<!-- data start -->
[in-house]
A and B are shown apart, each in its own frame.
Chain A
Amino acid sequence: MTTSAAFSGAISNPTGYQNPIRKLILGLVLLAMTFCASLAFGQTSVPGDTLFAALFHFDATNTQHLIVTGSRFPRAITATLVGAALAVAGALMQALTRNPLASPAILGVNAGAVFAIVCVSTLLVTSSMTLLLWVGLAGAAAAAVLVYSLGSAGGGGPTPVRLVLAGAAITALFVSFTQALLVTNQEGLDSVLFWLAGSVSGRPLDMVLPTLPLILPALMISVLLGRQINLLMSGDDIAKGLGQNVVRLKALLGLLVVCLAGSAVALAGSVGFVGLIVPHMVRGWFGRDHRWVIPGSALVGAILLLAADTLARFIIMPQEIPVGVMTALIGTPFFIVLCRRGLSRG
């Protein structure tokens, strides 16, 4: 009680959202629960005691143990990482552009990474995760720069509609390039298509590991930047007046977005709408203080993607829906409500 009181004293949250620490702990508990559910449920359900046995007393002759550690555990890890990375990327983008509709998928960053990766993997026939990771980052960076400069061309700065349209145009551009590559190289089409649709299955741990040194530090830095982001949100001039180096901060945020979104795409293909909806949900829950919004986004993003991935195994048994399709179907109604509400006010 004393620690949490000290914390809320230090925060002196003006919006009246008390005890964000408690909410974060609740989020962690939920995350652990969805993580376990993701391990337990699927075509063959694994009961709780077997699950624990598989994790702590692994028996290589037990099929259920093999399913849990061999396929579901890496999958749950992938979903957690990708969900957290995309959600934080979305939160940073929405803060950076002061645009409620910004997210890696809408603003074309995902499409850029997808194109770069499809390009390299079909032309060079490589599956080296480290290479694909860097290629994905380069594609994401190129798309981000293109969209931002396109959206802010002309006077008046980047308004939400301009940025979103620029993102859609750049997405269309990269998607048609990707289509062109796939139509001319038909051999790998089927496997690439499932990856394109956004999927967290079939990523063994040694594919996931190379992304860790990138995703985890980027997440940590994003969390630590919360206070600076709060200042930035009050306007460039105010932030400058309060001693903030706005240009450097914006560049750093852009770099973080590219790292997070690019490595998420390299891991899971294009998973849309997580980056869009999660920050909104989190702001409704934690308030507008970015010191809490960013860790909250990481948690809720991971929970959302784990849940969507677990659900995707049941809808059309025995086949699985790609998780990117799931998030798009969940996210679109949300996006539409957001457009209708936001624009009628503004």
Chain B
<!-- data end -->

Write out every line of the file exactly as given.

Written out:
[in-house]
A and B are shown apart, each in its own frame.
Chain A
Amino acid sequence: MTTSAAFSGAISNPTGYQNPIRKLILGLVLLAMTFCASLAFGQTSVPGDTLFAALFHFDATNTQHLIVTGSRFPRAITATLVGAALAVAGALMQALTRNPLASPAILGVNAGAVFAIVCVSTLLVTSSMTLLLWVGLAGAAAAAVLVYSLGSAGGGGPTPVRLVLAGAAITALFVSFTQALLVTNQEGLDSVLFWLAGSVSGRPLDMVLPTLPLILPALMISVLLGRQINLLMSGDDIAKGLGQNVVRLKALLGLLVVCLAGSAVALAGSVGFVGLIVPHMVRGWFGRDHRWVIPGSALVGAILLLAADTLARFIIMPQEIPVGVMTALIGTPFFIVLCRRGLSRG
């Protein structure tokens, strides 16, 4: 009680959202629960005691143990990482552009990474995760720069509609390039298509590991930047007046977005709408203080993607829906409500 009181004293949250620490702990508990559910449920359900046995007393002759550690555990890890990375990327983008509709998928960053990766993997026939990771980052960076400069061309700065349209145009551009590559190289089409649709299955741990040194530090830095982001949100001039180096901060945020979104795409293909909806949900829950919004986004993003991935195994048994399709179907109604509400006010 004393620690949490000290914390809320230090925060002196003006919006009246008390005890964000408690909410974060609740989020962690939920995350652990969805993580376990993701391990337990699927075509063959694994009961709780077997699950624990598989994790702590692994028996290589037990099929259920093999399913849990061999396929579901890496999958749950992938979903957690990708969900957290995309959600934080979305939160940073929405803060950076002061645009409620910004997210890696809408603003074309995902499409850029997808194109770069499809390009390299079909032309060079490589599956080296480290290479694909860097290629994905380069594609994401190129798309981000293109969209931002396109959206802010002309006077008046980047308004939400301009940025979103620029993102859609750049997405269309990269998607048609990707289509062109796939139509001319038909051999790998089927496997690439499932990856394109956004999927967290079939990523063994040694594919996931190379992304860790990138995703985890980027997440940590994003969390630590919360206070600076709060200042930035009050306007460039105010932030400058309060001693903030706005240009450097914006560049750093852009770099973080590219790292997070690019490595998420390299891991899971294009998973849309997580980056869009999660920050909104989190702001409704934690308030507008970015010191809490960013860790909250990481948690809720991971929970959302784990849940969507677990659900995707049941809808059309025995086949699985790609998780990117799931998030798009969940996210679109949300996006539409957001457009209708936001624009009628503004």
Chain B